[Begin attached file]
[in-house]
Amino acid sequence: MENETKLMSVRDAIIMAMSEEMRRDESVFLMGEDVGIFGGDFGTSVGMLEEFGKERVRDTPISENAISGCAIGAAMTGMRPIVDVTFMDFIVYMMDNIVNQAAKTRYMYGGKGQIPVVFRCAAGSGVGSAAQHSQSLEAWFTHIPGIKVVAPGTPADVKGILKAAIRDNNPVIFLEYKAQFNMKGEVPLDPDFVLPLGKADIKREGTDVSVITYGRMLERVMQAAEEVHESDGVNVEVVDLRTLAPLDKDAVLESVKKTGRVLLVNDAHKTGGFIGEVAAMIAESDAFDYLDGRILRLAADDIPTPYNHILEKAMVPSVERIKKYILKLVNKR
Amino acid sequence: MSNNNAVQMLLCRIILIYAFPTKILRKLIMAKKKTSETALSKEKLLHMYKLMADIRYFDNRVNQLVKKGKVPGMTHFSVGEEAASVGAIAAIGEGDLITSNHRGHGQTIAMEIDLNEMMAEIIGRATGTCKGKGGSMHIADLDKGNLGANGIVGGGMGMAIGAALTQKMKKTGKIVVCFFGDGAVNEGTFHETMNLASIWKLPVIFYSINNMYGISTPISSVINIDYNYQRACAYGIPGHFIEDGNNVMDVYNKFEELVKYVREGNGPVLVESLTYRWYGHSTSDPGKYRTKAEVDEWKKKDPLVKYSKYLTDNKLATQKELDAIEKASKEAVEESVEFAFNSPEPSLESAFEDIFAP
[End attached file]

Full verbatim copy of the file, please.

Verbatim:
[in-house]
Amino acid sequence: MENETKLMSVRDAIIMAMSEEMRRDESVFLMGEDVGIFGGDFGTSVGMLEEFGKERVRDTPISENAISGCAIGAAMTGMRPIVDVTFMDFIVYMMDNIVNQAAKTRYMYGGKGQIPVVFRCAAGSGVGSAAQHSQSLEAWFTHIPGIKVVAPGTPADVKGILKAAIRDNNPVIFLEYKAQFNMKGEVPLDPDFVLPLGKADIKREGTDVSVITYGRMLERVMQAAEEVHESDGVNVEVVDLRTLAPLDKDAVLESVKKTGRVLLVNDAHKTGGFIGEVAAMIAESDAFDYLDGRILRLAADDIPTPYNHILEKAMVPSVERIKKYILKLVNKR
Amino acid sequence: MSNNNAVQMLLCRIILIYAFPTKILRKLIMAKKKTSETALSKEKLLHMYKLMADIRYFDNRVNQLVKKGKVPGMTHFSVGEEAASVGAIAAIGEGDLITSNHRGHGQTIAMEIDLNEMMAEIIGRATGTCKGKGGSMHIADLDKGNLGANGIVGGGMGMAIGAALTQKMKKTGKIVVCFFGDGAVNEGTFHETMNLASIWKLPVIFYSINNMYGISTPISSVINIDYNYQRACAYGIPGHFIEDGNNVMDVYNKFEELVKYVREGNGPVLVESLTYRWYGHSTSDPGKYRTKAEVDEWKKKDPLVKYSKYLTDNKLATQKELDAIEKASKEAVEESVEFAFNSPEPSLESAFEDIFAP